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Diane Sovel
Mindy Sovel
Sandy Sovel
Charles Sovel Esq. Argues Before The Supreme Court of the United States 
April 20, 1994, Washington DC 

Charles Sovel, Esquire, with his law partner Stanley B. Gruber, Esquire
on the steps of The Supreme Court. Washington DC, April 20, 1994

The Case....A summary by Stanley Gruber

Charles Sovel's client, Albert Howlett, was injured when he fell into an opening in a stow of cargo aboard a vessel while working as a longshoreman in connection with discharging that cargo from the ship, while it was berthed in the Port of Philadelphia. The cargo had been loaded by a foreign stevedore in a foreign port. During the course of loading the cargo, the foreign stevedore had placed an opaque plastic cover over the opening so that it was not visible to Mr. Howlett. Mr. Sovel sued the owner of the vessel, contending that that the ship owner had breached its duty of having the ship and its gear and appurtenances in such condition, prior to turning it over to the unloading stevedore, that an experienced stevedore could carry on cargo operations with reasonable safety to its longshoremen. However, the Trial Court entered Summary Judgment against Mr. Howlett finding that the ship owner had to have actual knowledge of this "latent " condition in order to be liable under its turnover duty to the longshoremen and that there was insufficient evidence of such knowledge.

Mr. Sovel's argument before the Supreme Court urged the Court to hold that the ship owner had a duty to actively inspect the cargo stow, which was similar to its duty to inspect the ship and its gear prior to turning them over to the longshoremen. However, the Supreme Court ruled that the ship owner’s duty of inspection did not extend to a stow of cargo loaded by a foreign stevedore and that the ship owner could only be found liable for defects in the stow if it could be proved that that it had actual knowledge of such defect. Since the Court concluded that there were issues of fact as to whether the ship owner had such knowledge, it sent the case back to the trial court for further consideration.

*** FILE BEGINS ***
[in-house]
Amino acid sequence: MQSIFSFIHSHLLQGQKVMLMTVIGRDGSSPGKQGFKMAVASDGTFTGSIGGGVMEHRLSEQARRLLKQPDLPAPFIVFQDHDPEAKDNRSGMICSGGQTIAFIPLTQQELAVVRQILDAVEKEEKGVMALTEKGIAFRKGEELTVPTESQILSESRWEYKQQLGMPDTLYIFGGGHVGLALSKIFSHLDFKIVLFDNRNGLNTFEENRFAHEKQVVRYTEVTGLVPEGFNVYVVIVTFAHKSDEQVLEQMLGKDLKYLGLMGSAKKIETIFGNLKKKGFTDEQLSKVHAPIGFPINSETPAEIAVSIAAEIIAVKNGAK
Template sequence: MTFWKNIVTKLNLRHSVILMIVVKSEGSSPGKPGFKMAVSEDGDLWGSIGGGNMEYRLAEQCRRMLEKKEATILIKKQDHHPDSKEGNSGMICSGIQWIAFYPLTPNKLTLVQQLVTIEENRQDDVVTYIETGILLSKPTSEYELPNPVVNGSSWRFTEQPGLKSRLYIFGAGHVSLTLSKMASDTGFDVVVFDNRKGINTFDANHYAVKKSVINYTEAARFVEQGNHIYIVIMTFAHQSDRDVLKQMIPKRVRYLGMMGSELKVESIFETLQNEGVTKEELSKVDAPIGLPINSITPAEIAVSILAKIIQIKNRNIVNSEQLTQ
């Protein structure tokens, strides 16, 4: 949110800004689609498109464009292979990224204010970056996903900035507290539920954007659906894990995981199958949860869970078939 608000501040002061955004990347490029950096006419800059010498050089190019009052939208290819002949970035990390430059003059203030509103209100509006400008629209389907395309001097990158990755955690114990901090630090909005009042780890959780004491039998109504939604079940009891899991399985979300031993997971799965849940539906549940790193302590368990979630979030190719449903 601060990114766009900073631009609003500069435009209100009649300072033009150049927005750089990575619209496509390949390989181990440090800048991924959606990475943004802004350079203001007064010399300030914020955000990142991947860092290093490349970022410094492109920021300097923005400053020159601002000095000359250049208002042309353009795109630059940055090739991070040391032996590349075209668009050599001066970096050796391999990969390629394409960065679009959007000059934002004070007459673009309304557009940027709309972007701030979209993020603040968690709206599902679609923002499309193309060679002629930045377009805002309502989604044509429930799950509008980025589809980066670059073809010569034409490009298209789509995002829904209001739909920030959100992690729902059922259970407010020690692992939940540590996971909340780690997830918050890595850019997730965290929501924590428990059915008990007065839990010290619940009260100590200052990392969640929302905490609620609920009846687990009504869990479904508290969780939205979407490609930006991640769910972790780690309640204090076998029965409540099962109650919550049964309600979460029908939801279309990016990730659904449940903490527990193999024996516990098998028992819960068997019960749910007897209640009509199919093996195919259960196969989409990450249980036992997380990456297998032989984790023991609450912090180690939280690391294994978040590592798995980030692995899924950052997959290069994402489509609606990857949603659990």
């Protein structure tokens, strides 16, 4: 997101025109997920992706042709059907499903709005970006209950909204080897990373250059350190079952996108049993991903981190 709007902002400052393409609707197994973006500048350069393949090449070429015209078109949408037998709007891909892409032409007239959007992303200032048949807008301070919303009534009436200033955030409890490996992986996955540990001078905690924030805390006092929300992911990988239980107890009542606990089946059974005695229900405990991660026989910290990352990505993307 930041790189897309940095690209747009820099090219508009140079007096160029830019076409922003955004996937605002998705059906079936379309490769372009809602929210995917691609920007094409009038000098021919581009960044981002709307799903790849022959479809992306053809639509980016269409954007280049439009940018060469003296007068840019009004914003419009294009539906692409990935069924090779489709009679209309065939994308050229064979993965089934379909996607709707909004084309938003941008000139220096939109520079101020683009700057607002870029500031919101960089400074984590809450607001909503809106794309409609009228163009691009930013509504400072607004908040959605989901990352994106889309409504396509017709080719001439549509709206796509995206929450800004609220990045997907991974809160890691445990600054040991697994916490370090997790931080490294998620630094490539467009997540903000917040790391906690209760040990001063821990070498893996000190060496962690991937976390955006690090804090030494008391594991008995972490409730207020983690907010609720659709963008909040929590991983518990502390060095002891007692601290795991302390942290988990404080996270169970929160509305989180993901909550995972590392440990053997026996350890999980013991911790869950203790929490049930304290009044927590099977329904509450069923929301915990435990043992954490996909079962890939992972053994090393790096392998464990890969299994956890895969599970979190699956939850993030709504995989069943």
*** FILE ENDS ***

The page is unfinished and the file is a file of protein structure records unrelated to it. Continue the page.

Upon remand to the trial court, the case was eventually dismissed because of insufficient evidence that the ship owner had actual knowledge of the defective stow.

Stanley B. Gruber, Esquire
Freedman & Lorry, P.C.


Charles (Chuck) Sovel was born January, 1933 in Pittsburgh, PA to Rose (Cohen) and Lewis S. Sovel. He grew up with his sister, Diane, in Philadelphia and attended Central High School. He graduated from the University of Pennsylvania Wharton School in 1954, and the University of Pennsylvania Law school in 1957. After serving a judicial clerkship for one year, he came to the firm of Freedman and Lorry. Chuck was a shareholder in the firm and president until his retirement. His major area of specialty was maritime personal injury law.

Chuck was married to Sandra Risack. They had three children: Jacqueline, Jeffrey and Mindy. Through his ancestry, Chuck was related to the Zavelsky, Chaiken and Chazanov families. He was an intricate part of developing our family history.

Chuck passed away on May 19, 2003 at his home in Bluebell, Pa.

The family on the steps of the Supreme Court. Click here for enlarged photo.
Associates and family on the steps of the Supreme Court. Click here for enlarged photo.
Document. Click here for enlarged document.
Document. Click here for enlarged document.
The Legal Intelligence. Click here for enlarged version.
Chuck and his sister, Diane, at his 70th birthday party at Diane's home in 2003.
Chuck and his wife Sandy in 2001